As someone who has worked in mental healthcare through the Department of Social Services and the Phillips Community Clinic, Jamal emphasized establishing alternative approaches to public safety that involve mental health professionals. Jamal said public safety should better reflect the community being served through cultural, racial and gender diversity. Ward 6 has a significantly higher Black and Latino population than the rest of the city. Non-white residents make up more than half of the population in the ward. Fifteen percent of Minneapolis’ residents overall are foreign-born, according to the U.S. Census.
By involving mental health workers, Jamal said the city can better address the opioid crisis through focusing on treatment and recovery rather than policing. A mental health focus in law enforcement would also address youth homelessness and increasing crime rates among young people.
Jamal supports community-driven policing, one of the most important debates of the race. The Minneapolis City Council advanced a proposal to dismantle the city’s police department in June, one month after the police killing of George Floyd. Ward 6, however, did not have any representation in this historic vote. The city council is currently negotiating a contract with the police union.
The seat opened up in March, after former councilman Abdi Warsame resigned to become executive director of the Minneapolis Public Housing Authority. Jamal, now the city council representative for the smallest and most densely populated district in Minneapolis, will hold the seat until all council members come up for reelection in November 2021.
Warsame’s departure set off a tense and crowded race between almost a dozen ambitious candidates, during a time when Ward 6 representation perhaps reached its most urgent demand.
Residents of Ward 6 neighborhoods—including Seward, Cedar–Riverside, Philips West, Elliot Park, Stevens Square, and Ventura Village—lacked a city council member during the aftermath of the police killing of George Floyd and the debate over dismantling the Minneapolis Police Department. Fires and looting damaged the area’s businesses. On top of that, most of the neighborhoods in the Sixth Ward report some of the state’s highest concentrations of COVID-19 cases.
Despite social distancing rules limiting in-person campaigning, Jamal ran a successful campaign virtually. His standing in the Ward 6 community already gave him a headstart in gaining name recognition. However, some candidates like AK Hassan and Abdirizak Bihi also had a significant standing in the Ward 6 community.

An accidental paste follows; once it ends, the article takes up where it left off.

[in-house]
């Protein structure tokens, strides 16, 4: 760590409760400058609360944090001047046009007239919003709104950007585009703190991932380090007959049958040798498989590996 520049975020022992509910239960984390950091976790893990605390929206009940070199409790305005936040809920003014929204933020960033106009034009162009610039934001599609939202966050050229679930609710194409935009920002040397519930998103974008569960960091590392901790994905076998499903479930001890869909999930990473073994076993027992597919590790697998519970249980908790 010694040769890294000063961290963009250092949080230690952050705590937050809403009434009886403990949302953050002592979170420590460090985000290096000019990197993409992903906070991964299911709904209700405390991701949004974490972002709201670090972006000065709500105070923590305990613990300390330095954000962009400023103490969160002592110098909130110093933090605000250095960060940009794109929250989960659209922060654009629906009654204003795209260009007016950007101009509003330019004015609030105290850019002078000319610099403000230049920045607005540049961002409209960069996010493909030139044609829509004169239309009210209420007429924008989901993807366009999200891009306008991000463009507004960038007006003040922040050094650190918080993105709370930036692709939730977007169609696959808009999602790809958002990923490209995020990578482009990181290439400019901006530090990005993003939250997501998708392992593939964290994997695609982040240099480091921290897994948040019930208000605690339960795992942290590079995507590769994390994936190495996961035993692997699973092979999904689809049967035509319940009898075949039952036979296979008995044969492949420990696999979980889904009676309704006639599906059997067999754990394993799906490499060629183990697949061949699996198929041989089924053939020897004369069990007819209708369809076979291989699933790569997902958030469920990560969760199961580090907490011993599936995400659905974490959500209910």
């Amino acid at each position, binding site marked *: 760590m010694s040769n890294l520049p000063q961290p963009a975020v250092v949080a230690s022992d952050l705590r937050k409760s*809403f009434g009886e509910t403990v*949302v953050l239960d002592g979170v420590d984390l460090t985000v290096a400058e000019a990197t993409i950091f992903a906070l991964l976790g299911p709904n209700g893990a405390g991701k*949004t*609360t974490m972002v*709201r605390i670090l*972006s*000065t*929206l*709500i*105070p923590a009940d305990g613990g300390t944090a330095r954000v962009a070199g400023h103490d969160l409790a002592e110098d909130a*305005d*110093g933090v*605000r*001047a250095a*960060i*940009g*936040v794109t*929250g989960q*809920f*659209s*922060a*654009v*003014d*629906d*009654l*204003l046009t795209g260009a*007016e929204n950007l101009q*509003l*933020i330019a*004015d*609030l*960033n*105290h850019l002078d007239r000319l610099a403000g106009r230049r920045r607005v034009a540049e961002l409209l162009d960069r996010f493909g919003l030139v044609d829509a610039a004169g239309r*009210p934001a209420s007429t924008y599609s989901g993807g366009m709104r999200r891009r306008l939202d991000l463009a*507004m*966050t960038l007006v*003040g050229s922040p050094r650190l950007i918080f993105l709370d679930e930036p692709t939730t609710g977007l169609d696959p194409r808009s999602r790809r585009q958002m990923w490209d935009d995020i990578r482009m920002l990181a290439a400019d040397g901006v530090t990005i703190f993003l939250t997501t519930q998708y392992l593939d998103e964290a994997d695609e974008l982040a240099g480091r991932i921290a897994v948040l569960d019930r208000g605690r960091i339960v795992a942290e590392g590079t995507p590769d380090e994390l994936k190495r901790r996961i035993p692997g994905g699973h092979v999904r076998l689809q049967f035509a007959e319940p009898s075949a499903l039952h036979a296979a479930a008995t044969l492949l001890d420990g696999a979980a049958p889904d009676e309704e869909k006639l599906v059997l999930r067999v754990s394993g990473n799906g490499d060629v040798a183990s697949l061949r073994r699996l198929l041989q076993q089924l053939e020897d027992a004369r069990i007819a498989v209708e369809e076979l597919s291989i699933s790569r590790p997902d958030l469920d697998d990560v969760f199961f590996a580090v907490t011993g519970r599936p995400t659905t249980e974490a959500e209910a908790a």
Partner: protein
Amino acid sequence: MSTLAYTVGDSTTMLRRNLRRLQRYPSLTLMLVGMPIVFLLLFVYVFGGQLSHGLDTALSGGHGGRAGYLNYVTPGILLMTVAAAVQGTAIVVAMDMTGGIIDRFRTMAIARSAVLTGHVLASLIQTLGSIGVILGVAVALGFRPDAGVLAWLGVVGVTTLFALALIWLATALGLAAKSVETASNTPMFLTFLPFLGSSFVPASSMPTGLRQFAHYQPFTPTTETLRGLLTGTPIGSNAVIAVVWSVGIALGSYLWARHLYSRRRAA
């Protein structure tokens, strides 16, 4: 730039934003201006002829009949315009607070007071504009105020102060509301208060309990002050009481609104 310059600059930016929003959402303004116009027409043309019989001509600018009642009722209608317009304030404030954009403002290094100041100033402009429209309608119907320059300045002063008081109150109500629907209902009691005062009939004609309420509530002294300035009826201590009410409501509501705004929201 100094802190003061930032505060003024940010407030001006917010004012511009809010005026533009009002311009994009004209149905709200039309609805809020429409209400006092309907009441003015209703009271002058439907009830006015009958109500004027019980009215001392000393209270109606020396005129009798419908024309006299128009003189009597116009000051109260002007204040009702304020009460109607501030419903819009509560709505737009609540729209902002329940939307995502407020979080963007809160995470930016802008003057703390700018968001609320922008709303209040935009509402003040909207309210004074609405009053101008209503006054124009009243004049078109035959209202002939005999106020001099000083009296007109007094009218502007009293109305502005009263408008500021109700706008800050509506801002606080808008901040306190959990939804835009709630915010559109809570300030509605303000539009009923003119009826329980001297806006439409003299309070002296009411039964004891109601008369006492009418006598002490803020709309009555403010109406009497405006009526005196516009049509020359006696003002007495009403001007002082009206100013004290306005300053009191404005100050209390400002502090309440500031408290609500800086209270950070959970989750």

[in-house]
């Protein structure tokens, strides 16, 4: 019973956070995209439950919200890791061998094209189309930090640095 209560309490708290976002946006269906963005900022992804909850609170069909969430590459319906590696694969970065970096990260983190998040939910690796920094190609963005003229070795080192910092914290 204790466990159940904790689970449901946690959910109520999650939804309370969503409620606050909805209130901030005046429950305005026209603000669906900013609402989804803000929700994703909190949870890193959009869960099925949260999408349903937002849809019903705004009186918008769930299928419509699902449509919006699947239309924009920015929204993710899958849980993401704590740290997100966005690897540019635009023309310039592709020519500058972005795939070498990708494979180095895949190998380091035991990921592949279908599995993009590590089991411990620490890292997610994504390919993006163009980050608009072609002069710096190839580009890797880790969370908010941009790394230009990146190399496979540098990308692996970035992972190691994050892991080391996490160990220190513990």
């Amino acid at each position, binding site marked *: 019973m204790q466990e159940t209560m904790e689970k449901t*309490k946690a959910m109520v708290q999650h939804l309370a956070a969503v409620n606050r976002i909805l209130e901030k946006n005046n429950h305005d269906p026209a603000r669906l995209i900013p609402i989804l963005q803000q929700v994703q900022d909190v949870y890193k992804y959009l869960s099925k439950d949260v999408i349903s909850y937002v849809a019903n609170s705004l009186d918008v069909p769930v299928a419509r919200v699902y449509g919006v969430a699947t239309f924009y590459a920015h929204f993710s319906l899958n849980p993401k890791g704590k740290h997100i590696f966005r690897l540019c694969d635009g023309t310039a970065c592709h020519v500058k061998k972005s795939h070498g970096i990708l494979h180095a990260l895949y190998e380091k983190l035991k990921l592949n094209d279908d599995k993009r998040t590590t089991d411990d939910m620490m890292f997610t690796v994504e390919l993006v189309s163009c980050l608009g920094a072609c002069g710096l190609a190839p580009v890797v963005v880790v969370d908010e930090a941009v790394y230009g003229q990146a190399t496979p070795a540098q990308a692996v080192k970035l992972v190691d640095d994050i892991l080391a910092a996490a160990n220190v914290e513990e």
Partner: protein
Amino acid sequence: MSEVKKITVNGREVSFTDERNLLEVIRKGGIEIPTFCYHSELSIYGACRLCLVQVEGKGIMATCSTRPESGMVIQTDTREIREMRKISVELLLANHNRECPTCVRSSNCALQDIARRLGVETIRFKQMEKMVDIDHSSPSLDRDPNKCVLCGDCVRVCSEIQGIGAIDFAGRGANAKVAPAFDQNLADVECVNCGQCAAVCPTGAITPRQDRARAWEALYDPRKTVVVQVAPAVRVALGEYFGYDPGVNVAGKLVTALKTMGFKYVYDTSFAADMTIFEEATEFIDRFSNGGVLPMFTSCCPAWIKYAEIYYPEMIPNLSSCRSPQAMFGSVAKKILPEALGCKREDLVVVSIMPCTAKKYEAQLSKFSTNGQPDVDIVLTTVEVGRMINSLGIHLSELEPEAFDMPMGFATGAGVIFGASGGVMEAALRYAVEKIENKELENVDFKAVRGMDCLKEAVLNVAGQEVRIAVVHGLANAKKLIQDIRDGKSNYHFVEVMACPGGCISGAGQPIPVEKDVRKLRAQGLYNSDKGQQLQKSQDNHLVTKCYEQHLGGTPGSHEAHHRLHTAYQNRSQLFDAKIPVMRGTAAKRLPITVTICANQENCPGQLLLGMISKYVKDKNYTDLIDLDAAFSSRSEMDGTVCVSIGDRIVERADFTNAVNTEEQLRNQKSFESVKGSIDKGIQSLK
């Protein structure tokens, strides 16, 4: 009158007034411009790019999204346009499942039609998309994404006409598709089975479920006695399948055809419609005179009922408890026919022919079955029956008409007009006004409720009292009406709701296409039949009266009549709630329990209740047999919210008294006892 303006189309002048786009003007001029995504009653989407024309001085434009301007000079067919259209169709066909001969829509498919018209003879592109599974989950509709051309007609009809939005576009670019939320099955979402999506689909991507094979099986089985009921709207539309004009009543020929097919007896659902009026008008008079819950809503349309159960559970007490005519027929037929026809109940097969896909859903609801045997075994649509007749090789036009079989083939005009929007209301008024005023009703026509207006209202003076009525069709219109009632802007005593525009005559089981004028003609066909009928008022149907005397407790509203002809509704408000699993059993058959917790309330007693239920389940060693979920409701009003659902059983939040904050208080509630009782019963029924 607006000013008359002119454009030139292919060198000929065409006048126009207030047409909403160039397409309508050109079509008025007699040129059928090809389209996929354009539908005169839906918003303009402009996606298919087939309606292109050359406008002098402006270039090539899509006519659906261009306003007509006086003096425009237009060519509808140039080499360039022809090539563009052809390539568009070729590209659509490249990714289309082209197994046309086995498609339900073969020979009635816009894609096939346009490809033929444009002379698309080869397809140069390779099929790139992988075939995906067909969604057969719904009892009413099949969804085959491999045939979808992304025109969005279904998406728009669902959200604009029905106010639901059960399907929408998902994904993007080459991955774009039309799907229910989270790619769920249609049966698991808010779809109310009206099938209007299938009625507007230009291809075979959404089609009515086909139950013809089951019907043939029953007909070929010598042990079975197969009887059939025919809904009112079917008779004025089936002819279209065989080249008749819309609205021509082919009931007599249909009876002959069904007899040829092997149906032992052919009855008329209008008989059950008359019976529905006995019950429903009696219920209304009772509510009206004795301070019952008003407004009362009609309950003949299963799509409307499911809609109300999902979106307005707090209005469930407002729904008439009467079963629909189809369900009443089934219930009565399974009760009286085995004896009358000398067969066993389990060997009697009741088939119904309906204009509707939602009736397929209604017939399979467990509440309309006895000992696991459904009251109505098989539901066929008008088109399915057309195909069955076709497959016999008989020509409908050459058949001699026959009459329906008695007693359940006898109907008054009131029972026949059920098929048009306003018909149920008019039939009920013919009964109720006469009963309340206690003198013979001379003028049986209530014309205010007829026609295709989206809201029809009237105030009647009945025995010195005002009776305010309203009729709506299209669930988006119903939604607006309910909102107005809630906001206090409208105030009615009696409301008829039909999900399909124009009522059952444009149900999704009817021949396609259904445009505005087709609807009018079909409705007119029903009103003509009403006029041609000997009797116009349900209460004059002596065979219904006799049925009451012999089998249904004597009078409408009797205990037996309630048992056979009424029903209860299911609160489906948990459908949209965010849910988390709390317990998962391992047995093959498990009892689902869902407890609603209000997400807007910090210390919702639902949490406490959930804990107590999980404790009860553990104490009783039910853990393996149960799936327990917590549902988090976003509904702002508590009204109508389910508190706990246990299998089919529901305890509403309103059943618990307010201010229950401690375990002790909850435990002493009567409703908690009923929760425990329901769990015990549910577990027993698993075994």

“If anybody knows about being part of the community, it’s me,” Jamal said. “Running a campaign with COVID-19 we were able to pull that off. I want to create office hours outside the city hall where I can meet with residents, where I can get to know the residents.”
Jamal said Ward 6 has always been particularly lively, and the crowded field of candidates displayed that excitement.
“People are passionate about improving their community,” Jamal said. “There were 11 passionate candidates, too.”
AK Hassan, the Minneapolis Park Board commissioner, ran for the Ward 6 seat, too, but did not have enough votes to make it through to the final round of ranked-choice votes tabulation. In an interview with Sahan Journal just before election day, AK said the incoming council member will have to advocate for housing in a “strong and intentional way.”
“I will work with whoever wins. I’m not going away,” AK said.
Still, the pandemic will keep Jamal from cultivating a relationship with his fellow city council members and residents of Ward 6 in person.
“I’m just ready to embrace the challenges, get back to my community, work on the issues they are facing and create opportunities for the residents that live here,” Jamal said.
Jamal’s campaign is planning a celebration next week. But for now, Jamal said he’s going to spend some time returning the many congratulatory calls and texts he’s received.
Hibah Ansari is a corps member with Report for America, a national service program that places journalists into local newsrooms.